In recent weeks, beginning on the first Sunday in June, we have been reading Gospels for the Sundays of Matthew. These continue for fourteen weeks until September
Today we hear Matthew’s account of the Transfiguration of Jesus as today is the Forefeast, and tomorrow the Feast. Jesus, with Peter, James, and John climb a high mountain- perhaps Mount Tabor which, as I have recently commented, is visible for miles around. The four of them are there by themselves. They have left the other disciples behind, below, on the plain, to deal with the crowds and it seems from the first verse of today’s Gospel that they are expected by the people to deal with situations entirely beyond their powers.
That episode comes immediately before the Gospel for the Transfiguration, and it is on that that we are concentrating today
“And he was transfigured before them. His face shone like the sun, and his clothes became as white as light”. Matt. 17:2
The Transfiguration is a unique event, a theophany, – a manifestation of God, and especially of the divinity of Christ, through the display of his uncreated, divine energy. Therefore, the Orthodox Church celebrates the Transfiguration of the Lord as a major feast day. Several elements of the Transfiguration event show that Christ is Messiah and God:
Because God is light, the bright cloud, the shining of Jesus’s face like the sun, and the whiteness of his garment all demonstrate that Jesus is God. In some icons this light is shown as beyond white, a kind of bluish-white, an unique and ineffable colour indicating its spiritual origin.
Then the Father bears witness from heaven from the cloud concerning his Son. It is important to note that He does nor say “This has become My beloved Son” but “This is my beloved Son”. This proclaims that the divine glory which is displayed before them is his by his very nature, and from eternity. Jesus is God’s Son, fully sharing in the essence of the Father. As we proclaim in the Creed, “He is God of God”.
The Transfiguration not only proclaims Christ’s divine Sonship, but foreshadows his future glory when he, as the Messiah, will usher in the long-awaited Kingdom. The bright cloud is a reminder of aspects of temple worship. This is the cloud that went before the Israelites in the wilderness, the visible sign of God’s presence among them.
Peter sees this as a sign that the Kingdom has come, and knowing that the Feast of Tabernacles is the feast of the coming Kingdom, he asks Jesus if he can build booths as was done at that feast, to serve as symbols of God’s dwelling among the righteous in his Kingdom.
Moses, of course, represents the Law and all those who have died. Moses is the great Law-giver. Elijah represents the prophets and – since he did not experience death – he was taken up into heaven –on this occasion he represents all those who are alive in Christ.
The presence of these two shows that the Law and the Prophets, the living and the dead, all bear witness to Jesus the Messiah who was to come, the fulfilment of the whole of the Old Testament.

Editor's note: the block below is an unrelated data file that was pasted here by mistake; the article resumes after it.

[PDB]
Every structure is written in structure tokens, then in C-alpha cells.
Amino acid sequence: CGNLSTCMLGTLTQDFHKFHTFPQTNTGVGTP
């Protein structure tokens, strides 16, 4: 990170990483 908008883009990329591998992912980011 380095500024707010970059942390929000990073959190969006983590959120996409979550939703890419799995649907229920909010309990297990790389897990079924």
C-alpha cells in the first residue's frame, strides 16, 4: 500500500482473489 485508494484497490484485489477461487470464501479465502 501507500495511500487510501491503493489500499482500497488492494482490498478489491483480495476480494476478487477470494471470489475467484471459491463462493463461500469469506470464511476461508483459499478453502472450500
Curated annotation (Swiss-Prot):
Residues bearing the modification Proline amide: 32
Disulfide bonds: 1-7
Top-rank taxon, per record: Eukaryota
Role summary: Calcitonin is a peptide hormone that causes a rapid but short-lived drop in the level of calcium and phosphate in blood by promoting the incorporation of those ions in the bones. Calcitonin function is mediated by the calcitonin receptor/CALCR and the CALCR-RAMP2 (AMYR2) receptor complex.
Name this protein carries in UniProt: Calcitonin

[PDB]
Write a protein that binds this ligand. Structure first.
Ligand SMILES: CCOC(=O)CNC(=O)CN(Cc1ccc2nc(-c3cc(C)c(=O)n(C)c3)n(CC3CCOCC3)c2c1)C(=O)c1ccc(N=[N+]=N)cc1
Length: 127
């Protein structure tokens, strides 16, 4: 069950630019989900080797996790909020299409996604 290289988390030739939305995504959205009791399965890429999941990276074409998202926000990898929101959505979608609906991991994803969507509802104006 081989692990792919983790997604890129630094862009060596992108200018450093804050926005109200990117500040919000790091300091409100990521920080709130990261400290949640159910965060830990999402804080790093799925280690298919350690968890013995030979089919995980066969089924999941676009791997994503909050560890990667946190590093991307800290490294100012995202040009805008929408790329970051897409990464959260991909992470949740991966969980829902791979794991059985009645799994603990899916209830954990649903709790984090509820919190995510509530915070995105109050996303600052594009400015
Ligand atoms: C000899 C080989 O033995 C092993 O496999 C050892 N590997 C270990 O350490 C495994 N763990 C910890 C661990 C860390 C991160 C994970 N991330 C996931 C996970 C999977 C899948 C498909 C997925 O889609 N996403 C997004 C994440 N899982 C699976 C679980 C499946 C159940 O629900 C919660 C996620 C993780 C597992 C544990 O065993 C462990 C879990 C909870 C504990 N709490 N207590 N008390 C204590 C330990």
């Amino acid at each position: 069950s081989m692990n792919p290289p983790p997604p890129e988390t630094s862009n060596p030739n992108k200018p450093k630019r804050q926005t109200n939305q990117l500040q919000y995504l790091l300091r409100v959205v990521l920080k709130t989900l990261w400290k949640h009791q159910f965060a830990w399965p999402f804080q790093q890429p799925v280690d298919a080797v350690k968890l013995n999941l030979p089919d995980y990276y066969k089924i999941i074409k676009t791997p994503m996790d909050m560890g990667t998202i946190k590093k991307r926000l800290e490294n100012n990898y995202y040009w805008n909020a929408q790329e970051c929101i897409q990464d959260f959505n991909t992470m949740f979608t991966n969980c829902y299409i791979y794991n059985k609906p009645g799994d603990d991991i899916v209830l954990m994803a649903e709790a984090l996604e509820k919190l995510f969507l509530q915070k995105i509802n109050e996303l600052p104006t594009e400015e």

The presence of Moses and Elijah also manifests the communion of the saints. Both men are immediately recognisable, and talk to and with the Lord. The disciples are able to understand Jesus’s words that “Elijah has come already”, referring to John the Baptist. Their eyes have been opened to the fact that Malachi’s prophecy refers to one who is to come “in the spirit and power of Elijah”, rather than to Elijah himself”.
Finally, the Holy Trinity is manifest here, for Christ is transfigured, the Father speaks from Heaven, testifying to Jesus’s divine Sonship, and the Spirit is present in the form of a dazzling light surrounding Christ’s person, and overshadowing the whole mountain.
After this unique experience which will inevitably form a memory engraved in the minds of the three disciples the small group return to the plain below, to the other nine disciples and the crowd who were awaiting them.
As soon as Jesus and the other three met up with the others a man came up to Jesus begging in despair “Lord have mercy on my son, for he is an epileptic (the older version says” lunatic”). He suffers severely, for he often falls into the fire and often into water, but your disciples could not cure him.” In response, Jesus immediately rebuked the demon, for he discerned that this was the cause rather than a purely medical condition such as epilepsy, and the demon immediately came out of the boy, and he was cured.
This episode comes immediately after the Gospel for the Transfiguration, and it is on that that we are concentrating today, but I will just say a few words about it because it would have been the Gospel reading for today but for this being the eve of the Transfiguration.
We have been on the mountain with Peter, James and John, sharing with them as witnesses to the fullness of the true nature of Jesus Christ who is himself, as we proclaim in the Creed “God of God; Light of Light; True God of True God”. Now with a word of the power that is his he casts out what he discerns is the evil spirit that had been troubling the boy.
We can only imagine the joy of the father as his son is returned to him cured and able to live in the fullness of a relationship which they had not been able to share until this moment.
The nine disciples who had not been on the mountain with Jesus then came to him ask why they had not been able to cast the demon out. Jesus tells them that it is because of their unbelief. “If you had faith as a mustard seed (the smallest imaginable) you could move this mountain.”
Yet things were to change for them in due course. As well as Peter, James, and John, the three who were ready to be with Jesus on the mountain on that day, in due course the Holy Spirit would come upon the others in due course when the Lord was no longer with them in the flesh and, in the power of that Spirit these men would initiate the spread of the Gospel to the ends of the Earth.